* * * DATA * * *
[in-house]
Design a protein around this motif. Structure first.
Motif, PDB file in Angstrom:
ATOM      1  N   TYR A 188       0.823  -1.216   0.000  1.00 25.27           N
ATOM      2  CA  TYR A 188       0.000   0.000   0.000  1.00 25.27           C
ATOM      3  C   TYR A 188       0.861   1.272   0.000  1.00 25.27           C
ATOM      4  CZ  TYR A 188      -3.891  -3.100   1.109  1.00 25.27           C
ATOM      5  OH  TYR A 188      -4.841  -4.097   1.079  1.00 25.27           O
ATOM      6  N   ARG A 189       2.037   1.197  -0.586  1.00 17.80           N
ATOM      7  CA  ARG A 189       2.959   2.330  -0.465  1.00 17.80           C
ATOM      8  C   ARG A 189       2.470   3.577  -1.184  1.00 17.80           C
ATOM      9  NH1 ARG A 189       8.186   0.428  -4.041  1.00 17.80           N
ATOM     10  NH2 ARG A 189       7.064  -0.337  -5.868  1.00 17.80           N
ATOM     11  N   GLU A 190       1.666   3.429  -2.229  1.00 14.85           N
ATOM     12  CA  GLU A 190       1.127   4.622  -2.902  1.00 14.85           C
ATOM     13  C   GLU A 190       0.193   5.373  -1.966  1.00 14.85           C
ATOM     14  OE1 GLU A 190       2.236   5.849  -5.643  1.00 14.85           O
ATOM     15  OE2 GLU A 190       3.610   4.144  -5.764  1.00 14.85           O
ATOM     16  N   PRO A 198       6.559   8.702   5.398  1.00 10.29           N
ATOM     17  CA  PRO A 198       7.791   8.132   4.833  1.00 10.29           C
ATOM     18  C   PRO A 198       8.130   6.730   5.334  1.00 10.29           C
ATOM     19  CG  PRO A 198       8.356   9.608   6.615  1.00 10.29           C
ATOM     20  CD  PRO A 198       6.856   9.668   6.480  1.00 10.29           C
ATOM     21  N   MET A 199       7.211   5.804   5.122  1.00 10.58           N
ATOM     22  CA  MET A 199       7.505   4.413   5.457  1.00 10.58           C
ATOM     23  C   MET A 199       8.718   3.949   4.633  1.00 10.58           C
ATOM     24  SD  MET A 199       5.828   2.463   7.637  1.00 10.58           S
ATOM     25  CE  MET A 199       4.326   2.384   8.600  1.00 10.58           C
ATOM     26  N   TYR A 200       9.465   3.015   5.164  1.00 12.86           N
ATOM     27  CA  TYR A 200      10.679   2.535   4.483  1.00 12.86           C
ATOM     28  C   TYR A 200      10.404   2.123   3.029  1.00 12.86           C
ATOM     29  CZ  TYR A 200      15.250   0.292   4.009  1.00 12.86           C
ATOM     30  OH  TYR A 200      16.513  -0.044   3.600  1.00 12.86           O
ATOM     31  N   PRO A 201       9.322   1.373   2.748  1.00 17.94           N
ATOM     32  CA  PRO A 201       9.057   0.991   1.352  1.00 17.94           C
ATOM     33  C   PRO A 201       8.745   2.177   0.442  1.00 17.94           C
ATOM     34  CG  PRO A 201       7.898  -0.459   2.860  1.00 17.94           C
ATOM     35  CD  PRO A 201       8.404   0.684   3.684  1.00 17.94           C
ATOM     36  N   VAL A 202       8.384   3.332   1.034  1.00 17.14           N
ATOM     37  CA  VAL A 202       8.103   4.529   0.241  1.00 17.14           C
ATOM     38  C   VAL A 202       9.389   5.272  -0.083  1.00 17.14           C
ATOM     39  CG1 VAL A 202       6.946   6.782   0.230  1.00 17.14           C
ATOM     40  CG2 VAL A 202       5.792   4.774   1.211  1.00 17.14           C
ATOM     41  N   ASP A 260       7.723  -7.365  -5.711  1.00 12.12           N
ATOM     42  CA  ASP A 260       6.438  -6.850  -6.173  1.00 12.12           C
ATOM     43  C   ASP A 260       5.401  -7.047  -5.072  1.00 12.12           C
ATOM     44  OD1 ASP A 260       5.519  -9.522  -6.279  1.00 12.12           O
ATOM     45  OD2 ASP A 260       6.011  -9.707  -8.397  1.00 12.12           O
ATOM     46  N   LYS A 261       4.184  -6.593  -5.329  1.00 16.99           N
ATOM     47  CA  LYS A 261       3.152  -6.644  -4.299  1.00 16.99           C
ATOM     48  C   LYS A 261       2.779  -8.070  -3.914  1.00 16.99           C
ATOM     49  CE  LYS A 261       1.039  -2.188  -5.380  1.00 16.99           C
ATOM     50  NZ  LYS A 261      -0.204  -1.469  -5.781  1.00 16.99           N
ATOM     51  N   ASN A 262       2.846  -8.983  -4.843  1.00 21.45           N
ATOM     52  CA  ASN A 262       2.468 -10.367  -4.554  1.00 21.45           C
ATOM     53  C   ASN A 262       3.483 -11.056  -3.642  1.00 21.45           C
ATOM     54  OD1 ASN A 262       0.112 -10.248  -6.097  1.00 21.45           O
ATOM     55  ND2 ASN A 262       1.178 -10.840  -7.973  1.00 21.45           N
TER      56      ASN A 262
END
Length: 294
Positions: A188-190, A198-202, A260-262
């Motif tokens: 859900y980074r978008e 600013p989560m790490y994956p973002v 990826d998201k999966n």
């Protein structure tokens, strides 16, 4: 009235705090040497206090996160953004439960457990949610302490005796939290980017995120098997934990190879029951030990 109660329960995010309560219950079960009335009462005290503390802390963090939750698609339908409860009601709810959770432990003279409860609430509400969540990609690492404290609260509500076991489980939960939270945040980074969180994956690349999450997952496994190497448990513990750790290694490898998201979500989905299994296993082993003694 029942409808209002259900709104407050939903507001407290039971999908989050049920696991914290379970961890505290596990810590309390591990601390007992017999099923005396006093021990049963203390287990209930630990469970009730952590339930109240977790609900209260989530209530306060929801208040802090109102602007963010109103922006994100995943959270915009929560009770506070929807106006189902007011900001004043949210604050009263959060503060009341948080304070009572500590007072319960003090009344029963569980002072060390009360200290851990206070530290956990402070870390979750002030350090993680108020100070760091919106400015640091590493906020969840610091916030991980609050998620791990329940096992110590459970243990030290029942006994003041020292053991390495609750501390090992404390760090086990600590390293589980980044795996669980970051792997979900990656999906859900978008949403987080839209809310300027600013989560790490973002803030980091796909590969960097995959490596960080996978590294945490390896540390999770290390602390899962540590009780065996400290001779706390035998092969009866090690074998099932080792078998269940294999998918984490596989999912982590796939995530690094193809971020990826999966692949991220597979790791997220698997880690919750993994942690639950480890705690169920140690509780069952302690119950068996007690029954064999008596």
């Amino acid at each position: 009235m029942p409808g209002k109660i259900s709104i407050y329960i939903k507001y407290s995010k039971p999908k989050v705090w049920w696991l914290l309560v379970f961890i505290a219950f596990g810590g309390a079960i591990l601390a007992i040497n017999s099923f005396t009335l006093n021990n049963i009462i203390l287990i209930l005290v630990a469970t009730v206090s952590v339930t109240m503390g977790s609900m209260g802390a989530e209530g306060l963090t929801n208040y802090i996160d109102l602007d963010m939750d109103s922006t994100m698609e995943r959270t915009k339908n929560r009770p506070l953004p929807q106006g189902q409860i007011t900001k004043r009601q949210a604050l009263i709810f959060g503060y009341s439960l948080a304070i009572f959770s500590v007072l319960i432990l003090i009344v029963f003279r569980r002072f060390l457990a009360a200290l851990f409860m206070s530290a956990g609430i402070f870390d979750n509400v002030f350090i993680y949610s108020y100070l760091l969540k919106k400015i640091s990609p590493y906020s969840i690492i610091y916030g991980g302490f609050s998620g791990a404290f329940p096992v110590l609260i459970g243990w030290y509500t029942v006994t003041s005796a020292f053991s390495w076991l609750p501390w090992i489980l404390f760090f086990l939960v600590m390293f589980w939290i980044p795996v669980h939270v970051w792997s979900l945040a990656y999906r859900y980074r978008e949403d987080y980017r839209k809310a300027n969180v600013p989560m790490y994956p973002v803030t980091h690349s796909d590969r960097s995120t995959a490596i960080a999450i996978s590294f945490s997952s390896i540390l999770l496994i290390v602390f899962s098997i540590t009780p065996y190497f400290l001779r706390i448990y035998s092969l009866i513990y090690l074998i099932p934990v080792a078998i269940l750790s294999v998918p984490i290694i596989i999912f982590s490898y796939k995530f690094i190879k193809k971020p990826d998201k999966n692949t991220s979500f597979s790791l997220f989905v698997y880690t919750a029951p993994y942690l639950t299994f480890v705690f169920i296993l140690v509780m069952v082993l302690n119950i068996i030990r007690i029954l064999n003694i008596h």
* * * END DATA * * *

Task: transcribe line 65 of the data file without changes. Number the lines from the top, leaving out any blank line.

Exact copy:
């Amino acid at each position: 009235m029942p409808g209002k109660i259900s709104i407050y329960i939903k507001y407290s995010k039971p999908k989050v705090w049920w696991l914290l309560v379970f961890i505290a219950f596990g810590g309390a079960i591990l601390a007992i040497n017999s099923f005396t009335l006093n021990n049963i009462i203390l287990i209930l005290v630990a469970t009730v206090s952590v339930t109240m503390g977790s609900m209260g802390a989530e209530g306060l963090t929801n208040y802090i996160d109102l602007d963010m939750d109103s922006t994100m698609e995943r959270t915009k339908n929560r009770p506070l953004p929807q106006g189902q409860i007011t900001k004043r009601q949210a604050l009263i709810f959060g503060y009341s439960l948080a304070i009572f959770s500590v007072l319960i432990l003090i009344v029963f003279r569980r002072f060390l457990a009360a200290l851990f409860m206070s530290a956990g609430i402070f870390d979750n509400v002030f350090i993680y949610s108020y100070l760091l969540k919106k400015i640091s990609p590493y906020s969840i690492i610091y916030g991980g302490f609050s998620g791990a404290f329940p096992v110590l609260i459970g243990w030290y509500t029942v006994t003041s005796a020292f053991s390495w076991l609750p501390w090992i489980l404390f760090f086990l939960v600590m390293f589980w939290i980044p795996v669980h939270v970051w792997s979900l945040a990656y999906r859900y980074r978008e949403d987080y980017r839209k809310a300027n969180v600013p989560m790490y994956p973002v803030t980091h690349s796909d590969r960097s995120t995959a490596i960080a999450i996978s590294f945490s997952s390896i540390l999770l496994i290390v602390f899962s098997i540590t009780p065996y190497f400290l001779r706390i448990y035998s092969l009866i513990y090690l074998i099932p934990v080792a078998i269940l750790s294999v998918p984490i290694i596989i999912f982590s490898y796939k995530f690094i190879k193809k971020p990826d998201k999966n692949t991220s979500f597979s790791l997220f989905v698997y880690t919750a029951p993994y942690l639950t299994f480890v705690f169920i296993l140690v509780m069952v082993l302690n119950i068996i030990r007690i029954l064999n003694i008596h």